pklocalauthority - PolicyKit Local Authority


The Local Authority is the default PolicyKit authority implementation. Configuration for the Local Authority and information pertaining to authorization decisions are read from local files on the disk. One design goal of the Local Authority is to split configuration items into separate files such that 3rd party packages and users won't conflict trying to edit the same files. This policy also ensures smooth upgrades when distributing PolicyKit using a package management system.


PolicyKit makes a distinction between user authentication (to make the user in front of the system prove he really is the user) and administrator authentication (to make the user in front of the system prove he really is an administrator). Since various operating systems (or even flavors of the same operating system) has different ways of defining "administrator", the Local Authority provides a way to specify what "administrator authentication" means.

By default, "administrator authentication" is defined as asking for the root password. Since some systems, for usability reasons, don't have a root password and instead rely on a group of users being member of an administrative group that gives them super-user privileges, the Local Authority can be configured to support this use-case as well.

Configuration for the Local Authority are read from files in the /etc/polkit-1/localauthority.conf.d directory. The file 50-localauthority.conf contains the settings provided by the OS vendor. Users and 3rd party packages can drop configuration files with a priority higher than 60 to change the defaults. The configuration file format is simple. Each configuration file is a key file with a single Configuration group. Only a single key, AdminIdentities is read. The value of this key is a semi-colon separated list of identities that can be used when administrator authentication is required. Users are specified by prefixing the user name with unix-user: and groups of users are specified by prefixing with unix-group:.


The Local Authority reads files with .pkla from the following directories

/var/lib/polkit-1/ ‘-- localauthority |-- 10-vendor.d |-- 20-org.d |-- 30-site.d |-- 50-local.d ‘-- 90-mandatory.d

Each .pkla contains one or more authorization entries. If the underlying filesystem supports file monitoring, the Local Authority will reload information whenever changes occur.

Each directory is intended for a specific audience


Reserved for the Operating System vendor.


Reserved for the organization deploying the system.


Reserved for site deploying the system.


Reserved for local usage.


Reserved for the organization deploying the system.

Each .pkla file is a standard key file and contains key/value pairs in one or more groups with each group representing an authorization entry. A .pkla file MUST be named by using a scheme to ensure that the name is unique, e.g. reverse DNS notation or similar.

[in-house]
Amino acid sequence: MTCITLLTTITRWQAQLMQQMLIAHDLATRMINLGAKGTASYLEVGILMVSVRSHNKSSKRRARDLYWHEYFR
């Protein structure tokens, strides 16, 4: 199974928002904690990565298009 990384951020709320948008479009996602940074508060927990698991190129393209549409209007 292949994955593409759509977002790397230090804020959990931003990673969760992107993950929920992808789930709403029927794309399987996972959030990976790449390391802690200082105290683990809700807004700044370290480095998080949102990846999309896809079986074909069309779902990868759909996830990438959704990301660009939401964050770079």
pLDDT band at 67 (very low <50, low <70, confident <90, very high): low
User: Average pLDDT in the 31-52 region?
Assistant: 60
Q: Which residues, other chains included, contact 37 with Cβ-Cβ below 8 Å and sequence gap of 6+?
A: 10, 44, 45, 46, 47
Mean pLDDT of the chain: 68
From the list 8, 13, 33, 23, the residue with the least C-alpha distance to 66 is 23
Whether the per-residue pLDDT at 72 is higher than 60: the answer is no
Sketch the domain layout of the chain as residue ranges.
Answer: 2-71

Each group in a .pkla must have a name that is unique within the file it belongs to. The following keys are required in each group


A semi-colon separated list of globs to match identities. Each glob should start with unix-user: or unix-group: to specify whether to match on a UNIX user name or a UNIX group name.


A semi-colon separated list of globs to match action identifiers.


The result to return for subjects in an active local session that matches one or more of the given identities. Allowed values are similar to what can be used in the defaults section of .policy files used to define actions, e.g. yes, no, auth_self, auth_self_keep, auth_admin and auth_admin_keep.


Like ResultActive but instead applies to subjects in inactive local sessions.


Like ResultActive but instead applies to any subject.

All keys specified above are required except that only at least one of RequireAny, RequireInactive and RequireActive is present.


Whenever a Mechanism does an authorization check to check if a given Subject is authorized for a given action, the authorization entries discussed above are consulted in the following order. First, the user of the Subject is determined and the groups that the user belongs are looked up.

For each group identity, the authorization entries are consulted in the standard lexigraphical order (using standard lexicographical sorting (using the standard C locale) of file names and appearance of each group in each file). If the authorization check matches the data from the authorization check, then the authorization result from RequireAny, RequireInactive or RequireActive is used. Finally, the authorization entries are consulted using the user identity.

Note that processing continues even after a match. This allows for socalled \(lqnegative authorizations\(rq, see the section called \(lqEXAMPLES\(rq for further discussion.


The following .pkla file grants authorization to all users in the staff group for actions matching the glob com.example.awesomeproduct.* provided they are in an active session on the local console:

[Normal Staff Permissions] Identity=unix-group:staff Action=com.example.awesomeproduct.* ResultAny=no ResultInactive=no ResultActive=yes

If the users homer and grimes are member of the staff group but policy requires that an administrator needs to authenticate every time authorization for any action matching com.example.awesomeproduct.* is required, one would add

[Exclude Some Problematic Users] Identity=unix-user:homer;unix-user:grimes Action=com.example.awesomeproduct.* ResultAny=no ResultInactive=no ResultActive=auth_admin

and make sure this authorization entry is after the first one.


Written by David Zeuthen with a lot of help from many others.


Please send bug reports to either the distribution or the polkit-devel mailing list, see the link \m[blue]\m[] on how to subscribe.



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